How to brew the perfect pot of hot tea.

Dry tea leaves in a glass teapot. Photo: Elizabeth Urbach.

Many of us grew up with tea in the home: the good old box of Lipton’s tea bags. Out it came when we had a cold, a sore throat, or the winter chills, and a tea bag was dunked in a mug of hot water straight from the tap or microwave. In restaurants, a cup of tea was virtually the same: a mug of hot water with a little metal carafe also full of hot water, with a tea bag, a packet of sugar or honey, a little sealed cup of coffee creamer, and a wedge of lemon on the saucer. With plenty of honey, sugar, cream, or lemon, our cup of tea was nice, it warmed up our hands and steamed our faces, but we didn’t take much notice of its flavor. It never struck us that tea could taste better, but it can! It’s really a very simple process, but that means that the main components – water, tea, and tea pot – are very important.

For good pot of tea, the goal is to achieve a beverage with the most flavor and the least bitterness possible; it will have a freshness to it that will be both comforting and refreshing, and it will be steaming hot. You will need: one tea pot, tea strainer, table spoon, at least one tea cup and saucer, a kettle, water, tea, milk, sugar, and lemon (if you take your tea with any of these). The sugar is added to the cup of tea first, to dissolve it, and then the milk or lemon; do not add both milk and lemon to the same cup, as the lemon juice will curdle the milk.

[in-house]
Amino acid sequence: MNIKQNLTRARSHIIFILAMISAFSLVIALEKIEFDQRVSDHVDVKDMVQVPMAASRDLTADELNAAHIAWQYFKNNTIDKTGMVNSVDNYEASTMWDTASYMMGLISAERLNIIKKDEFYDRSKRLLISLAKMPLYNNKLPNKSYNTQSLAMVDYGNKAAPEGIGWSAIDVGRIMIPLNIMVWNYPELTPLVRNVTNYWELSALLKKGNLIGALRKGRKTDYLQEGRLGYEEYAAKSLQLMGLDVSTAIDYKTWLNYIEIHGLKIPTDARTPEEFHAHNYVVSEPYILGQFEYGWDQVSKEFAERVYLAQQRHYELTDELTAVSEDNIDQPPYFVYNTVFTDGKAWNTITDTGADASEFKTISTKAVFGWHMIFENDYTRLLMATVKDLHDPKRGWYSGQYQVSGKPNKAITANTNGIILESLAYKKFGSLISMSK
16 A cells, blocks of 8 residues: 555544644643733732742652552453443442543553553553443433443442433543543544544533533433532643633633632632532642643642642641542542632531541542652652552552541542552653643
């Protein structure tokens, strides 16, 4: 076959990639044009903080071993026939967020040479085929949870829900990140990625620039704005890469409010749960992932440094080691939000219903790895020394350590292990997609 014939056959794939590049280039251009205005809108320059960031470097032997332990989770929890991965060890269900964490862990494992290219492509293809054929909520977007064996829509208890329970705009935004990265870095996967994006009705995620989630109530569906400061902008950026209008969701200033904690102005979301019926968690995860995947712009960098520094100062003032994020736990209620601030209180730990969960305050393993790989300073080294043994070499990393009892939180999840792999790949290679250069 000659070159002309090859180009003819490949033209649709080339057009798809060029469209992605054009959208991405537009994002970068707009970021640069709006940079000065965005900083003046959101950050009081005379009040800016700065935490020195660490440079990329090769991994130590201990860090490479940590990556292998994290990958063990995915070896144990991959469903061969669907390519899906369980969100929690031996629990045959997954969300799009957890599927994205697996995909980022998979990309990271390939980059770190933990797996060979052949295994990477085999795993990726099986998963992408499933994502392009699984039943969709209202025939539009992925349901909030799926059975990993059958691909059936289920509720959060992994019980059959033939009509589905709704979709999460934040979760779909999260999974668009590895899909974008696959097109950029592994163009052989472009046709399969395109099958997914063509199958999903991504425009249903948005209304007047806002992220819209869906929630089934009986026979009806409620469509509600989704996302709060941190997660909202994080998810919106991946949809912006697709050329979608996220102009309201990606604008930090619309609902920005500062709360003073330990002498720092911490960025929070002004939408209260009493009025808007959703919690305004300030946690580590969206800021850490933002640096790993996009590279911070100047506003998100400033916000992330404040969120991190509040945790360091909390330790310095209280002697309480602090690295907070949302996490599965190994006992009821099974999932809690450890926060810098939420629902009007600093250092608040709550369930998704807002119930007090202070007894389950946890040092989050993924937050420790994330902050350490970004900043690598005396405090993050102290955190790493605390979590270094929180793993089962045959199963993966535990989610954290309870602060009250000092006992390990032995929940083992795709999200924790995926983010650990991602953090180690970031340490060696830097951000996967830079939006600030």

First, the water: tap water, if it’s hard, will not make the best cup of tea, because the minerals and chemicals in it will change the taste of the tea. Also, to heat the water, boil it in a kettle, not in a microwave; boiling in a kettle infuses the water with extra oxygen, which makes for more flavorful tea, while water heated in a microwave will make the tea taste flat and metallic.

Fill the kettle with fresh, cold, water from the tap, or bottled drinking water, and bring it to a full boil. An electric kettle is especially handy for this, because it’s faster than a burner on the stove. When the water is hot but not yet boiling, pour some into the empty tea pot, put the cover on, and swirl the water around inside, for about 10 seconds to warm up the teapot. If you skip this step, the cold teapot will cool the water when it’s poured in, and the tea will not steep properly, or stay hot as long.  Once you have the water and pot prepared, you are ready to add your tea!

Copyright 2011, Elizabeth Urbach.


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Filed under Glossary & Terminology, Recipes

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